Violence erupts as thousands of mourners in Buenos Aires pay respects to soccer legend Diego Maradona

The soccer great died on Wednesday at the age of 60.

November 26, 2020, 2:19 PM

Police shot tear gas and rubber bullets into a massive crowd that lined the streets of Buenos Aires, Argentina, on Thursday to pay their respects to soccer legend Diego Maradona, who died on Wednesday at the age of 60.

PHOTO: Police push people back during clashes, as authorities move to shut down access to the wake of soccer legend Diego Maradona, in Buenos Aires, Argentina, Nov. 26, 2020.
Police push people back during clashes, as authorities move to shut down access to the wake of soccer legend Diego Maradona, in Buenos Aires, Argentina, Nov. 26, 2020.
Matias Baglietto/Reuters

The procession line, which stretched from Constitution rail station to the government house where Maradona lies in state, includes people from all walks of life, many of whom have come from faraway provinces where COVID-19 has hit hard, with many have been in lockdown for weeks or months.

It is unclear what lead police to take action against the crowd -- an unknown number of injuries were reported in the incident. Police in Buenos Aires did not immediately return ABC News' request for comment.

PHOTO: Police use pepper spray as they try to disperse people gathering in front of the Casa Rosada presidential palace to mourn the death of soccer legend Diego Armando Maradona, in Buenos Aires, Argentina, Nov. 26, 2020.
Police use pepper spray as they try to disperse people gathering in front of the Casa Rosada presidential palace to mourn the death of soccer legend Diego Armando Maradona, in Buenos Aires, Argentina, Nov. 26, 2020.
Ricardo Moraes/Reuters

"We demand that the mayor and city security minister stop this craziness carried out by the city police force," said Interior Minister Waldo de Pedro.

Following the news of Maradona's death, millions of Argentines went out on their balconies, sidewalks and streets all over the country -- even in the throes of a deadly pandemic -- to give their idol a sustained round of applause. The city's landmarks, stadiums, parks, plazas and the house where he died in the northern suburbs was filled with wreaths left by admirers.

PHOTO: People queue along Avenida de Mayo avenue to reach the Casa Rosada presidential palace to pay tribute to late Argentine football legend Diego Maradona in Buenos Aires, Nov. 26, 2020.
People queue along Avenida de Mayo avenue to reach the Casa Rosada presidential palace to pay tribute to late Argentine football legend Diego Maradona in Buenos Aires, Nov. 26, 2020.
Ivan Pisarenko/AFP via Getty Images

In response to the death, Argentine President Alberto Fernandez declared three days of national mourning.

Maradona died of a heart attack two weeks after being released from a hospital in Buenos Aires following brain surgery, his spokesperson told The Associated Press.

PHOTO: Fans of soccer legend Diego Armando Maradona comfort each other after visiting Maradona's funeral chapel installed at the Casa Rosada in Buenos Aires, Argentina, Nov. 26, 2020.
Fans of soccer legend Diego Armando Maradona comfort each other after visiting Maradona's funeral chapel installed at the Casa Rosada in Buenos Aires, Argentina, Nov. 26, 2020.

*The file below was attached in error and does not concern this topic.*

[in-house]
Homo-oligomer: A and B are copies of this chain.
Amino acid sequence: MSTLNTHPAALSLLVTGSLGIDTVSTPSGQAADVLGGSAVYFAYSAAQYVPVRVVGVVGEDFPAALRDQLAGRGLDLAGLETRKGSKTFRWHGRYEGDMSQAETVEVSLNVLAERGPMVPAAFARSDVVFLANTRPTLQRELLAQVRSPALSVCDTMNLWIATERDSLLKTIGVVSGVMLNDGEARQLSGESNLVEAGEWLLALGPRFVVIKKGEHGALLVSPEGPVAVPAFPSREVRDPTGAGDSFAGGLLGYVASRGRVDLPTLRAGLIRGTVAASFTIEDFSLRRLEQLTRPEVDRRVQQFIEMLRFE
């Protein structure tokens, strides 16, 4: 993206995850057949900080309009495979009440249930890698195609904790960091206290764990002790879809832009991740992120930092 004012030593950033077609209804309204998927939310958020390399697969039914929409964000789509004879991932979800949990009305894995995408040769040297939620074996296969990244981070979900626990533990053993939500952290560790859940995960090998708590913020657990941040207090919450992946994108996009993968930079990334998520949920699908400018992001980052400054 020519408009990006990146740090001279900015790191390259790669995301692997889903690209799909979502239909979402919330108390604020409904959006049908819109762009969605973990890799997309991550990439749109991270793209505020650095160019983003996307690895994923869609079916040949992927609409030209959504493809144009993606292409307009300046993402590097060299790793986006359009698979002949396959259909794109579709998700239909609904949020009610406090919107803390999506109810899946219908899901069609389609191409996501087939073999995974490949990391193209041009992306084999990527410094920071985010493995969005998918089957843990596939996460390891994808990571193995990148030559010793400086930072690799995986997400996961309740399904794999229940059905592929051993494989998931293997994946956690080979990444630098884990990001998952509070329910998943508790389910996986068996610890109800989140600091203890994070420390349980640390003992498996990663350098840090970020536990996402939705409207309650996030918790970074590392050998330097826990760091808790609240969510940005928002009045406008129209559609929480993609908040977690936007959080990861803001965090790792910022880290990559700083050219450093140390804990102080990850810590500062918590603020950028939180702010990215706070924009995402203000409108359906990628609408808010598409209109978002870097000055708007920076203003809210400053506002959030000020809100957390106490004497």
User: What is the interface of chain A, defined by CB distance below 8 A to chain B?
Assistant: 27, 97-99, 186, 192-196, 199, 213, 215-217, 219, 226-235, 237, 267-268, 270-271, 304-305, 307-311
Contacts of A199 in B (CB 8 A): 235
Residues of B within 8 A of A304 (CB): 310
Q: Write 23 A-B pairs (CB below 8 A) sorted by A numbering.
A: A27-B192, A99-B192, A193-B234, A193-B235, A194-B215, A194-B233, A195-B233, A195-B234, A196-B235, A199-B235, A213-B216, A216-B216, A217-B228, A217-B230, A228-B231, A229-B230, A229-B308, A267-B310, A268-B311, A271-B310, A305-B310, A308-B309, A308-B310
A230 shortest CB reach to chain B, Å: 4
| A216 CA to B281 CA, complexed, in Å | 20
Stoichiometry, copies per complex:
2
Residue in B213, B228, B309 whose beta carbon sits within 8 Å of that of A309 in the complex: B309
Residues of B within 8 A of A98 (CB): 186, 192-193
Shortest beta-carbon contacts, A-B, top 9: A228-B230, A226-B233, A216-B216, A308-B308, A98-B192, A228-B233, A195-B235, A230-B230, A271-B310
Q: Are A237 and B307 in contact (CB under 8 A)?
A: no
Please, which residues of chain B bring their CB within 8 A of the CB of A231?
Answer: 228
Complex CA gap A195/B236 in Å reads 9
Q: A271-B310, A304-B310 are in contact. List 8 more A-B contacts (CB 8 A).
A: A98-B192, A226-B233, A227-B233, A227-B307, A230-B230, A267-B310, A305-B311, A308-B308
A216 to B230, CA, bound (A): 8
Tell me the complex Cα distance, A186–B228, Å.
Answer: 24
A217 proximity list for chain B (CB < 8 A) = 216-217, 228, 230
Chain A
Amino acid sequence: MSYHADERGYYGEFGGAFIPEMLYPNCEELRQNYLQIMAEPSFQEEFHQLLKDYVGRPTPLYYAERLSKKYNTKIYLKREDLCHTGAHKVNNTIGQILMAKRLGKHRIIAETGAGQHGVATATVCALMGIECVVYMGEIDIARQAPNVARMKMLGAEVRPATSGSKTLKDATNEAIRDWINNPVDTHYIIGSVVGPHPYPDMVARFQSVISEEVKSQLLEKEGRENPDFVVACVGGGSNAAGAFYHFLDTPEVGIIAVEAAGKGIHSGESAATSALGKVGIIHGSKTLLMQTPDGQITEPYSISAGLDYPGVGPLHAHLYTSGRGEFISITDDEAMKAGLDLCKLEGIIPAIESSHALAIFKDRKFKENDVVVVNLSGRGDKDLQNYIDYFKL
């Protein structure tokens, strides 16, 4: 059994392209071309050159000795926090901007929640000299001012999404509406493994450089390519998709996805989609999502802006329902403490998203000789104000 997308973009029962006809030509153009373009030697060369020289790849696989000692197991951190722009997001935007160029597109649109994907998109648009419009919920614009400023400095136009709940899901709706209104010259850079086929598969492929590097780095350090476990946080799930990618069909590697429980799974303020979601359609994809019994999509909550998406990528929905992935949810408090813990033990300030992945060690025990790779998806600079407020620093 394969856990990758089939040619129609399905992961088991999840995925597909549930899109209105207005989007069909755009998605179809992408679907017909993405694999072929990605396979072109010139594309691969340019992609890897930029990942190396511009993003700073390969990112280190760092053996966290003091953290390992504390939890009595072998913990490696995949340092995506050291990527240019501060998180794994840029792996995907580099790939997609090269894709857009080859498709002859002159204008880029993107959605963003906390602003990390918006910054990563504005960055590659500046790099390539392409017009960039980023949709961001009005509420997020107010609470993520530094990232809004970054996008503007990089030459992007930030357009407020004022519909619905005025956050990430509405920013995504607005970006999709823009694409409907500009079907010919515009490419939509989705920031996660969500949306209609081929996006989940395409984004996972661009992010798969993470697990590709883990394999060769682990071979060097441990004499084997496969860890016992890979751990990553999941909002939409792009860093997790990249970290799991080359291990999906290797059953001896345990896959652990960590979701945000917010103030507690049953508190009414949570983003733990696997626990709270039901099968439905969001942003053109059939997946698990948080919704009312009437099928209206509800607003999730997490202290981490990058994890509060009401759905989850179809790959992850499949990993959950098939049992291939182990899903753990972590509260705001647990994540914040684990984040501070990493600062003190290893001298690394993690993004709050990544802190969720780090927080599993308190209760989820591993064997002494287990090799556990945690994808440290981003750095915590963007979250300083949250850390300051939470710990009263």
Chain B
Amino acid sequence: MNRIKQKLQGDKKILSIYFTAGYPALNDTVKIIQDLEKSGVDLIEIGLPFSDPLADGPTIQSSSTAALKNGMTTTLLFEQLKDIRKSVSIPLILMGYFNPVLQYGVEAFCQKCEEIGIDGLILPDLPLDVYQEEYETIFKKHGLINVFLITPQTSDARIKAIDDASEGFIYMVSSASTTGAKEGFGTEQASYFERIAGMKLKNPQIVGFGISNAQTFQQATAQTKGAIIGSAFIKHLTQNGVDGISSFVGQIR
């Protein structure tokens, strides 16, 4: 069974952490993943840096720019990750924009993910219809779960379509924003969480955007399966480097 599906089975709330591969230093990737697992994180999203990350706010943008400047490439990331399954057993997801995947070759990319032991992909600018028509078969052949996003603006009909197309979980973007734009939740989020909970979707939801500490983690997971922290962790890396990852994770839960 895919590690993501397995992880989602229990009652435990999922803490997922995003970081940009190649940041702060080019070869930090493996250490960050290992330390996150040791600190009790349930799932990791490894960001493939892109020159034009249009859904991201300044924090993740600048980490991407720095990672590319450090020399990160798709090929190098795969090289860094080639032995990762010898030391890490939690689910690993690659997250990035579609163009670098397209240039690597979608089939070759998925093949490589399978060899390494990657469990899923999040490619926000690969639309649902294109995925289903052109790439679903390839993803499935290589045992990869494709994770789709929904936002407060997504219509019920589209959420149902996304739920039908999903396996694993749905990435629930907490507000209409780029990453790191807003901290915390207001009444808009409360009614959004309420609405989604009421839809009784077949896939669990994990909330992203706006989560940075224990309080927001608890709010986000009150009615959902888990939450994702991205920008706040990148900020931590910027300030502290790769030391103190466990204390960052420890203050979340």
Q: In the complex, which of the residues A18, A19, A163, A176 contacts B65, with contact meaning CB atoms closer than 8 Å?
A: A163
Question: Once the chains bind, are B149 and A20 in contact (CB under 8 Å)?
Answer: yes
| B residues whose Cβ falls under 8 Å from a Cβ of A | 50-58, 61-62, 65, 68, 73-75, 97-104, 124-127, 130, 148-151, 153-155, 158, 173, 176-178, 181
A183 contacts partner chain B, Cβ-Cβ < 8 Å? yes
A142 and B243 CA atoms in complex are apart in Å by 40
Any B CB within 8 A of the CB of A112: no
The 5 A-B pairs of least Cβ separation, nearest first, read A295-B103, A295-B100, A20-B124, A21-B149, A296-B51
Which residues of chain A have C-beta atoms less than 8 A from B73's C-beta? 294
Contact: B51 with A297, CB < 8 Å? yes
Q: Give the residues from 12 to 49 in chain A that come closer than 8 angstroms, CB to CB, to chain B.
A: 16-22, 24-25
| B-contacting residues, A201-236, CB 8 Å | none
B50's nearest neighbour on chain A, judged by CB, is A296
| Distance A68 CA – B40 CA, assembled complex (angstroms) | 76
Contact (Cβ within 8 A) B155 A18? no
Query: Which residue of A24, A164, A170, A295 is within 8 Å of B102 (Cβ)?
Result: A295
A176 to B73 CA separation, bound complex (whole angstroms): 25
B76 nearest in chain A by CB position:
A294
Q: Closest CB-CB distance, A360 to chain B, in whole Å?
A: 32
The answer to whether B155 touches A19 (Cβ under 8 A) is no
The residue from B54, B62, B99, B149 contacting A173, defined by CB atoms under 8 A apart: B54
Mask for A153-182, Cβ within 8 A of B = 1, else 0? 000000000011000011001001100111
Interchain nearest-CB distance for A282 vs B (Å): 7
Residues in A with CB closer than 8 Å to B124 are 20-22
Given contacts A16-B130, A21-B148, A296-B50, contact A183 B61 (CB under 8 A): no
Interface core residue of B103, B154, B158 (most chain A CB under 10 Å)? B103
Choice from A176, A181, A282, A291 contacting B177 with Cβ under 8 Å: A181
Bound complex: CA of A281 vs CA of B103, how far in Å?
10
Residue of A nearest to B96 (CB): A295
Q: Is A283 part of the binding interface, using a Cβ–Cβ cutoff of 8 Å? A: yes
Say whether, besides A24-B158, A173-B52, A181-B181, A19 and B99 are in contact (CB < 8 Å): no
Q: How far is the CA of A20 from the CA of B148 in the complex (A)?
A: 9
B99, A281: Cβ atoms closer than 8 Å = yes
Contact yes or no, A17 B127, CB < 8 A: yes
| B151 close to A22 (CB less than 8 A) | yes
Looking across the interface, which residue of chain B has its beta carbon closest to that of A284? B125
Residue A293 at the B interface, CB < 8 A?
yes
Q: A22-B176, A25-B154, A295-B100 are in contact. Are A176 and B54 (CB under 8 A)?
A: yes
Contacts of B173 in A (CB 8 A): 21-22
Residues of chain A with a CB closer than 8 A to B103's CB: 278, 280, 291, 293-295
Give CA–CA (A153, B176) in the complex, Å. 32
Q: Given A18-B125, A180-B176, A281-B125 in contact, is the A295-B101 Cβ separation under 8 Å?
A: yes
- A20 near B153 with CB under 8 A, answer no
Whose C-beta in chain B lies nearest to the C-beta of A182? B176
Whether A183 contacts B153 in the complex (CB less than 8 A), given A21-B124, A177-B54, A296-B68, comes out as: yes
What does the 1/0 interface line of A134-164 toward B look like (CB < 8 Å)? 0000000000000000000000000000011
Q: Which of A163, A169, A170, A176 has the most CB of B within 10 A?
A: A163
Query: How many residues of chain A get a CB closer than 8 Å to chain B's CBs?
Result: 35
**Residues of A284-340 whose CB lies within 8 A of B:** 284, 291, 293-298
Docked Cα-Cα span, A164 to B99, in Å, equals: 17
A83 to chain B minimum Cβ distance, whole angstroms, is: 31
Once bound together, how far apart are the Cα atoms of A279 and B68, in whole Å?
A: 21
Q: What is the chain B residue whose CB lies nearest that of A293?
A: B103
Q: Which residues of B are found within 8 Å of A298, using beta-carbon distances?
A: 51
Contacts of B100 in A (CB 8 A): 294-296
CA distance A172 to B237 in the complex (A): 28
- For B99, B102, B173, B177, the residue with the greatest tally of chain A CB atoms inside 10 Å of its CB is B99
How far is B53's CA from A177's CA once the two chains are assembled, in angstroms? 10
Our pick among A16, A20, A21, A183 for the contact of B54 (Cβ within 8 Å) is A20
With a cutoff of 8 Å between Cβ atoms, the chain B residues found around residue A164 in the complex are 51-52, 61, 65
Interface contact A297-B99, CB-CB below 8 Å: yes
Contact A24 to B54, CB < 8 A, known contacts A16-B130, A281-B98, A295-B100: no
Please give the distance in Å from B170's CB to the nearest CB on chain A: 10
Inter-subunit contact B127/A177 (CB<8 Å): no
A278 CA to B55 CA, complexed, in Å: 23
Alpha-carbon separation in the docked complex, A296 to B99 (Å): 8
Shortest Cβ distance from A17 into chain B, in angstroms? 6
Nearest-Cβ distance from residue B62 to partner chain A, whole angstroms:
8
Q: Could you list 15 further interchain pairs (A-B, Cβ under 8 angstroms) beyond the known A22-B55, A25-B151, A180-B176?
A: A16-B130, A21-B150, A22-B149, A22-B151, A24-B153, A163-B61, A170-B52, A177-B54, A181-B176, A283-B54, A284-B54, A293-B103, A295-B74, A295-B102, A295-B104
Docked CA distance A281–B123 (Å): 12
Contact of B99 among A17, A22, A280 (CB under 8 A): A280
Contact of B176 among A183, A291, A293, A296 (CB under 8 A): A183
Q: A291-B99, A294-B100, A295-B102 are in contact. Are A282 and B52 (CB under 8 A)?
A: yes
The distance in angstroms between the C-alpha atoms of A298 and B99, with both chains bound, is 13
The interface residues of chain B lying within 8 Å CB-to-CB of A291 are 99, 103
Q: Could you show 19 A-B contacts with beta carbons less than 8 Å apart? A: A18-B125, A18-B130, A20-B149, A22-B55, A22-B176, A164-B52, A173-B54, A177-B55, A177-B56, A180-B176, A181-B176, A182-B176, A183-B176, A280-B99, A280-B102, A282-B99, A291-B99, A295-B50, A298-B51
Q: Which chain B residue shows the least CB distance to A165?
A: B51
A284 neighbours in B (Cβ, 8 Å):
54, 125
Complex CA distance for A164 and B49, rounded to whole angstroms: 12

Juan Ignacio Roncoroni/EPA via Shutterstock

Born in Villa Fiorito in October 1960, Maradona first turned pro in his early teens, dominating at two Argentine clubs, Argentino Juniors and Boca Juniors, before becoming a household name with professional clubs in Europe including Barcelona and Napoli.

PHOTO: Players from the Argentine soccer team Gimnasia y Esgrima La Plata pay their respects to Diego Maradona at the burning chapel in Casa Rosada presidential palace in Buenos Aires on Nov. 26, 2020.
Players from the Argentine soccer team Gimnasia y Esgrima La Plata pay their respects to Diego Maradona at the burning chapel in Casa Rosada presidential palace in Buenos Aires on Nov. 26, 2020.
Argentinian Presidency Handout/AFP via Getty Images

"I remember Diego living in an apartment in Naples when he played there and I would visit and there were always, I mean always a crowd of fans outside his window," local sports writer Alejandro Apo said on Wednesday.

PHOTO: People queue along Avenida de Mayo avenue to reach the Casa Rosada presidential palace to pay tribute to late Argentine football legend Diego Maradona in Buenos Aires, Nov. 26, 2020.
People queue along Avenida de Mayo avenue to reach the Casa Rosada presidential palace to pay tribute to late Argentine football legend Diego Maradona in Buenos Aires, Nov. 26, 2020.
Ivan Pisarenko/AFP via Getty Images

Maradona's crowning achievement came as he led Argentina to the 1986 World Cup championship, which included his infamous "Hand of God" goal, to defeat England in the quarterfinal.

The soccer legend's career was not without controversy -- drug and alcohol addictions, along with a heavy interest in nightlife led to a steep downfall. During the 1994 World Cup in the United States, he failed a routine post-game drug test and was suspended for the remainder of the tournament.

PHOTO: Fans crowd next to the hearse carrying the late Argentine football legend Diego Maradona while leaving Casa Rosada presidential palace in Buenos Aires, Argentina, Nov. 26, 2020.
Fans crowd next to the hearse carrying the late Argentine football legend Diego Maradona while leaving Casa Rosada presidential palace in Buenos Aires, Argentina, Nov. 26, 2020.
Raul Ferrari/TELAM/AFP via Getty Images

The importance of Maradona to Argentina's national identity is perhaps best embodied by writer Roberto Fontanarrosa, who said, "It's not important to me what Diego did with his life, it's important what he did to mine."

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